Comic book fans are living in the era of multiverses. As a result, the possibilities are endless. Nothing is off the table now, as proven by the announcement of the Batman ’89 comic book series by screenwriter Sam Hamm and artist Joe Quinones, which dives back into Tim Burton‘s Dark Knight world.
While it’s undoubtedly good news for fans who loved Michael Keaton’s Caped Crusader, it also allows a semblance of closure for the Burtonverse—even if the filmmaker isn’t involved in the comic. For the first time ever, fans may get a glimpse of what Burton’s original plan for Batman Forever was.
As everyone knows by now, the director stepped away from the ’95 film after bashing heads with Warner Bros., paving the way for Joel Schumacher and his more studio-friendly vision. The change in direction was immediately noticeable and it felt like a complete reboot, moving away from the darker Gotham City that Burton introduced. Now, there’s a chance to close the chapter in the right way.
If the recent cover reveals for Batman ’89 are anything to go by, the readers will finally get a chance to see Billy Dee Williams’ transformation from Harvey Dent to Two-Face, as well as the introduction of Burton’s Robin. In case you didn’t know, Marlon Wayans had actually been cast as Robin before getting his appearance cut in Batman Returns, so there’s a good chance that he could still be the inspiration for the Boy Wonder here.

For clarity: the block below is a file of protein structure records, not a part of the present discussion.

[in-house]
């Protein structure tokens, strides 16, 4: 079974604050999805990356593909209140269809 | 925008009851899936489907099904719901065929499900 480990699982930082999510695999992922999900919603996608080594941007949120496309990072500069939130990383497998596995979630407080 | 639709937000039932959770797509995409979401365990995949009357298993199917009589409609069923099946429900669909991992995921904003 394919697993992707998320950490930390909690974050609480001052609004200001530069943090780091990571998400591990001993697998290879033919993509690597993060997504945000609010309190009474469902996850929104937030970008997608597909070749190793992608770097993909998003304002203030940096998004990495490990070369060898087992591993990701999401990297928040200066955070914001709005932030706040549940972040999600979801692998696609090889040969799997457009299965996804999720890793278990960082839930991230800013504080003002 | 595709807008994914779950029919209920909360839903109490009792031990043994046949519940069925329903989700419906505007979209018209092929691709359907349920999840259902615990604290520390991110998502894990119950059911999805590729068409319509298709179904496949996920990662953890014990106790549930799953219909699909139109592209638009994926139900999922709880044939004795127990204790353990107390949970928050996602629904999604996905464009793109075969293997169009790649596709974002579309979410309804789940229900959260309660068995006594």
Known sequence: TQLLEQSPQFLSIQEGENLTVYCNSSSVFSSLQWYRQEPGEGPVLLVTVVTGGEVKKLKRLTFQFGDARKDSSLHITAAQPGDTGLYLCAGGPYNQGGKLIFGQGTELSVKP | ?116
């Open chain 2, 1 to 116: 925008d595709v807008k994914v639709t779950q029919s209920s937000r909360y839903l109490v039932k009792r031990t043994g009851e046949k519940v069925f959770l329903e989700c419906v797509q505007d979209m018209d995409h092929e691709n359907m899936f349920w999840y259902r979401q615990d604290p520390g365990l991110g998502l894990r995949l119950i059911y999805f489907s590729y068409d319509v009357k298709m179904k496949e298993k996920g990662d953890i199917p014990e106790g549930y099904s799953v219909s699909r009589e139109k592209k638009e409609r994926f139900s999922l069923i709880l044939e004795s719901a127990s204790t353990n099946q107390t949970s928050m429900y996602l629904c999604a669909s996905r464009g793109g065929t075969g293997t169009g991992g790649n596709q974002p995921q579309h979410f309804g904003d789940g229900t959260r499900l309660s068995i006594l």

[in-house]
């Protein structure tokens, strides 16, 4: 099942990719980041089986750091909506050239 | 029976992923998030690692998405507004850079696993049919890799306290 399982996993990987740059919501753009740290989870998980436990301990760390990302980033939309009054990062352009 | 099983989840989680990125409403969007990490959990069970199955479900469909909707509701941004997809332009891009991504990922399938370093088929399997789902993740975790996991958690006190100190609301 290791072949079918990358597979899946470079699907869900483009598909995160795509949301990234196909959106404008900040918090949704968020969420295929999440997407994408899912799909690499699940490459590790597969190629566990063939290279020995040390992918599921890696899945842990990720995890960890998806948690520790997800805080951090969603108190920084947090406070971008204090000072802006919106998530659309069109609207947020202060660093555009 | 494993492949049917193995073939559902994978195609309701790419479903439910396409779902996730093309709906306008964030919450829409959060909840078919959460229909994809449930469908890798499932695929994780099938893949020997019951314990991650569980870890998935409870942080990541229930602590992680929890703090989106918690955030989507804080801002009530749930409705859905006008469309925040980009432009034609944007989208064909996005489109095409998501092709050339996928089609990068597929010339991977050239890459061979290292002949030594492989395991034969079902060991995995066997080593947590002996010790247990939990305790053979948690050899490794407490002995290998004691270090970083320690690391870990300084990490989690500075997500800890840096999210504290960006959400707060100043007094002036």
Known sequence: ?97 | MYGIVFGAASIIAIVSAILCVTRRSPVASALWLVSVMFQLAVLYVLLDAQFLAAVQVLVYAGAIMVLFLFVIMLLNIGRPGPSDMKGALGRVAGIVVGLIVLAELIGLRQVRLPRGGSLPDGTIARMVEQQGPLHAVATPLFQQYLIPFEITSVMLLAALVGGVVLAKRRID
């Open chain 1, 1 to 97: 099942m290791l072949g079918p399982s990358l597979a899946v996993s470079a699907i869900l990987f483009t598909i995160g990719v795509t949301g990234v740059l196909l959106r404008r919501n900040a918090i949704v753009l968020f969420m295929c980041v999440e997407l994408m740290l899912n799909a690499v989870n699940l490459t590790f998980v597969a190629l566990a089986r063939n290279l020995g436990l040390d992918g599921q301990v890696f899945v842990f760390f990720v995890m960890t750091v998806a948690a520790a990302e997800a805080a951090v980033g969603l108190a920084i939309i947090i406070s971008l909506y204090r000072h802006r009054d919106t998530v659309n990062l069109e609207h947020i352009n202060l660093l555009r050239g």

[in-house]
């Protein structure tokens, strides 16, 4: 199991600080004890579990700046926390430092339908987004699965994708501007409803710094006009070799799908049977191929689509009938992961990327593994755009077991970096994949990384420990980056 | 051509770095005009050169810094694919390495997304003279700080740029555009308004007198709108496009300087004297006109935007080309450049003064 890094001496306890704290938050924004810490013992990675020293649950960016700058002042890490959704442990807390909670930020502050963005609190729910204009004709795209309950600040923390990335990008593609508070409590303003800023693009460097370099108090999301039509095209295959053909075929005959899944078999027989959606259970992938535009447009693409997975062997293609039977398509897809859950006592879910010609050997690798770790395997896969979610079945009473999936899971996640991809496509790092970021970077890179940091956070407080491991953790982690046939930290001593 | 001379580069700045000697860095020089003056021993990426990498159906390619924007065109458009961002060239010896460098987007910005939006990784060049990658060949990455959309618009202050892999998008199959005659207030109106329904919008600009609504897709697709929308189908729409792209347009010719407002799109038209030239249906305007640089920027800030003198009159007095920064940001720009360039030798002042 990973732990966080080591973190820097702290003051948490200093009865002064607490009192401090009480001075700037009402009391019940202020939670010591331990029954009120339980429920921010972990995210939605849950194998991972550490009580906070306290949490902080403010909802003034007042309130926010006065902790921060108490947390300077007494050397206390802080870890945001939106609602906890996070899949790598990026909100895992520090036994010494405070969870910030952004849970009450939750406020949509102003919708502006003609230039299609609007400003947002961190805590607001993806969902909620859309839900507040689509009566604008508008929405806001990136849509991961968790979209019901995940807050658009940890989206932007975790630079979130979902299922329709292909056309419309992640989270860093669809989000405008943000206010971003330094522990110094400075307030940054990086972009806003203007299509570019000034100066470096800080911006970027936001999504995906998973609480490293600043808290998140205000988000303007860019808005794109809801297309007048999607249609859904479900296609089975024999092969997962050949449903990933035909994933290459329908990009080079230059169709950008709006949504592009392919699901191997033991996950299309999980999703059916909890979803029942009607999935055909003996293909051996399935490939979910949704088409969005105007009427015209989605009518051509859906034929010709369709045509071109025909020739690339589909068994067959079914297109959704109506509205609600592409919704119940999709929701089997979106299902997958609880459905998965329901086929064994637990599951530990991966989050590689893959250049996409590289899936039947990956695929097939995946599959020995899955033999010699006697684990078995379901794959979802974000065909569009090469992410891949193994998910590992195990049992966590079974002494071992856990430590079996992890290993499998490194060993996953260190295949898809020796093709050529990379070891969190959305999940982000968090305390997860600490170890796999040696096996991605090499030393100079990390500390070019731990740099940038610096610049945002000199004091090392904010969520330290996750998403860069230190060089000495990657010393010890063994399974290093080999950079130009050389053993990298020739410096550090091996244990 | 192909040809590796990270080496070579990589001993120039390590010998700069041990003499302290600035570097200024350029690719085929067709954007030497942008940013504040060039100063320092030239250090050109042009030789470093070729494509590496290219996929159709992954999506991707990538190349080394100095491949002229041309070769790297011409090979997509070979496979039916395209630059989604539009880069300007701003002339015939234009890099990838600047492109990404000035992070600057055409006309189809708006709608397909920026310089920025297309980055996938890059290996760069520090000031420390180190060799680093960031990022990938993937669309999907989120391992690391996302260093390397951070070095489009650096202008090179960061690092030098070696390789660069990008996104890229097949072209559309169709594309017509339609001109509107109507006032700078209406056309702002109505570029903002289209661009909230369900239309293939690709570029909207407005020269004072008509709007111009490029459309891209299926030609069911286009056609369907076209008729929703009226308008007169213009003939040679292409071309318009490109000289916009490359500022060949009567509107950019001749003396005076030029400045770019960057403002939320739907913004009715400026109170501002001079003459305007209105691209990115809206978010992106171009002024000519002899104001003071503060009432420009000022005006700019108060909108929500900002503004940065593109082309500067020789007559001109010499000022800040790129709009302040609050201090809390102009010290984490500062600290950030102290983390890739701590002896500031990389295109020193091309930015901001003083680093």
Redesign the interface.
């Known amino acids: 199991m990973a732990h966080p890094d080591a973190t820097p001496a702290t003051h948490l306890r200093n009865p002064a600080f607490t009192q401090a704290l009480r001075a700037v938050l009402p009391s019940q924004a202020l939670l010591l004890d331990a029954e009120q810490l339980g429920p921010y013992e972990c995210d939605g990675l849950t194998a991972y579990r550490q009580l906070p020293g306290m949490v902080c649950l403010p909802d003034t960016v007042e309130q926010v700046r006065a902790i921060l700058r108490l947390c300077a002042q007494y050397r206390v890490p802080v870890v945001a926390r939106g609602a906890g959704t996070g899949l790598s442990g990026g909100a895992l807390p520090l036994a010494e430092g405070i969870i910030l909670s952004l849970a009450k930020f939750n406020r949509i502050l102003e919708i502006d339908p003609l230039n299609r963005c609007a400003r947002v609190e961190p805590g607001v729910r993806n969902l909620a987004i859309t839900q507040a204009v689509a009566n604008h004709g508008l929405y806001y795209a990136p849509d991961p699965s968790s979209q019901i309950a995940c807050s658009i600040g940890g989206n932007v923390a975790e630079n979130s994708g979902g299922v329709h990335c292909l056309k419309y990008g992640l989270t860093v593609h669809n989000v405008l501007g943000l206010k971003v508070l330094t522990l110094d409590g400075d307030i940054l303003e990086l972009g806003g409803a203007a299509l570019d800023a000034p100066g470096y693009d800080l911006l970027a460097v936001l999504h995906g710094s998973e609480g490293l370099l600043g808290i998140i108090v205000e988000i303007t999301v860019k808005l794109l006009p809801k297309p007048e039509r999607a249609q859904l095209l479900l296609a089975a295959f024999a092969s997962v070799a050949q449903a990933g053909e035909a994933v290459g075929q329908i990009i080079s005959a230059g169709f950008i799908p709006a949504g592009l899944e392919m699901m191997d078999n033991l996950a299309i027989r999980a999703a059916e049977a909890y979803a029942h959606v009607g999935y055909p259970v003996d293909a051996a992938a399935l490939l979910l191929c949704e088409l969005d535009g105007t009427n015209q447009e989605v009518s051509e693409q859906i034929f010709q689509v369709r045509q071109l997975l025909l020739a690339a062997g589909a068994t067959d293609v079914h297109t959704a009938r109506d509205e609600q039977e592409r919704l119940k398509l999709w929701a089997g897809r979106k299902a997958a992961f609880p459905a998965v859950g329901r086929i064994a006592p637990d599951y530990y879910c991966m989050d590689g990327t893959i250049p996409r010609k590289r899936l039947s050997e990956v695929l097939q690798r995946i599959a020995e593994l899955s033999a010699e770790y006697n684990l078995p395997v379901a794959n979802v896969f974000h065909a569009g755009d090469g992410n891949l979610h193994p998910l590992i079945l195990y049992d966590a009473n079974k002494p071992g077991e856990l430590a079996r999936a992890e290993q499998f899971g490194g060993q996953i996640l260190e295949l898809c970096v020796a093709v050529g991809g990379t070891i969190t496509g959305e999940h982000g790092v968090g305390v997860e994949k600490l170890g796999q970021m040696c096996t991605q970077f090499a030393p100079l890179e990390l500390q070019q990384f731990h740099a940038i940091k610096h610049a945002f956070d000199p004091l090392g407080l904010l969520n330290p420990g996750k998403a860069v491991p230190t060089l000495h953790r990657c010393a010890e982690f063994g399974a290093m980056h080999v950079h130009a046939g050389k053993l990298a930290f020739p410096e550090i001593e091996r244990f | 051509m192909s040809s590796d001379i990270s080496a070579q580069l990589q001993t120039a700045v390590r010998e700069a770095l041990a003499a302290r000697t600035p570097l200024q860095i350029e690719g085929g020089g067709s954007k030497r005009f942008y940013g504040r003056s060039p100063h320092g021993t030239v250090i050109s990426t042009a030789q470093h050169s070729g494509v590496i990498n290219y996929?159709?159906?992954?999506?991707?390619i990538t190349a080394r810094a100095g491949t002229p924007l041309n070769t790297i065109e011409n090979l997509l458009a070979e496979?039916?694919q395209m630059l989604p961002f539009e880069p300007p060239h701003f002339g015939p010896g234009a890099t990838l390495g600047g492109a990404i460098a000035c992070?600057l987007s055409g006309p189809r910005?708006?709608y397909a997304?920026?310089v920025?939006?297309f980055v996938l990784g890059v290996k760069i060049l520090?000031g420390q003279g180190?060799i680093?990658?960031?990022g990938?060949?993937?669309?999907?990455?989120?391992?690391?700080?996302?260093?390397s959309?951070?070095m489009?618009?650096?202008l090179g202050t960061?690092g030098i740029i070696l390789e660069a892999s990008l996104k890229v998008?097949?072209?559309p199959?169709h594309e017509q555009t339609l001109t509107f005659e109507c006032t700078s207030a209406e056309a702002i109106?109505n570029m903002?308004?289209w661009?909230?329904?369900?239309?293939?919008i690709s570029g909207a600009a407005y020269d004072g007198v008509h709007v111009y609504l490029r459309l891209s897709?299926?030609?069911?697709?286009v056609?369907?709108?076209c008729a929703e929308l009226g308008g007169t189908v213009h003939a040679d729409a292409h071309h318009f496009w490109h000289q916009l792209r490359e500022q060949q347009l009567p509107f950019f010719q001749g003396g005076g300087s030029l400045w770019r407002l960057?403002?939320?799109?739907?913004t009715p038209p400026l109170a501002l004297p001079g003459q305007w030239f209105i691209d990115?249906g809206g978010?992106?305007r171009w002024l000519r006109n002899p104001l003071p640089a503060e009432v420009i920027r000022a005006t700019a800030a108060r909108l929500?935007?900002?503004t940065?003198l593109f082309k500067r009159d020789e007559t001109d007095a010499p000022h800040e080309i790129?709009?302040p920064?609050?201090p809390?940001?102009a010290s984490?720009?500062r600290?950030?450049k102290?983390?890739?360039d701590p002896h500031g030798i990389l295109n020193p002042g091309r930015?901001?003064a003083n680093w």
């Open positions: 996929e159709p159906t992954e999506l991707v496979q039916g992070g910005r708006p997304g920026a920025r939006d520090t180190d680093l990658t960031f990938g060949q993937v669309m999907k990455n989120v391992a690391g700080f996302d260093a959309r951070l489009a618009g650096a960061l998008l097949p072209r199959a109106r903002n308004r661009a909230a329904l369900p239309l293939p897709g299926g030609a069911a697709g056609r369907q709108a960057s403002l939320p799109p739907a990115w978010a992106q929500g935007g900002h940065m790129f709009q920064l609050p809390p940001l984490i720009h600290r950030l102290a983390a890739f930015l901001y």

Apart from tying up the loose threads of the previous Burton films, there’s also a tease that Catwoman could play a big part in this miniseries. Undoubtedly, this is music to the ears of Batman Returns fans, as the chemistry between Bruce Wayne and Selina Kyle was off the hook. In fact, you could argue it’s the best romance depicted in any comic book movie. (If you say anything about Black Widow and the Hulk in Age of Ultron, you will be banned for life.)
It’s no coincidence that Batman ’89 was greenlit around the same time as Keaton’s return to the role in the upcoming Flash film. This was all carefully coordinated to ensure maximum hype and exposure for the 2022 movie. At the same time, though, it also acts as an opportunity to right some of the wrongs that Warner Bros. made in the ’90s when it parted ways with Burton. Because finally, the real Dark Knight returns.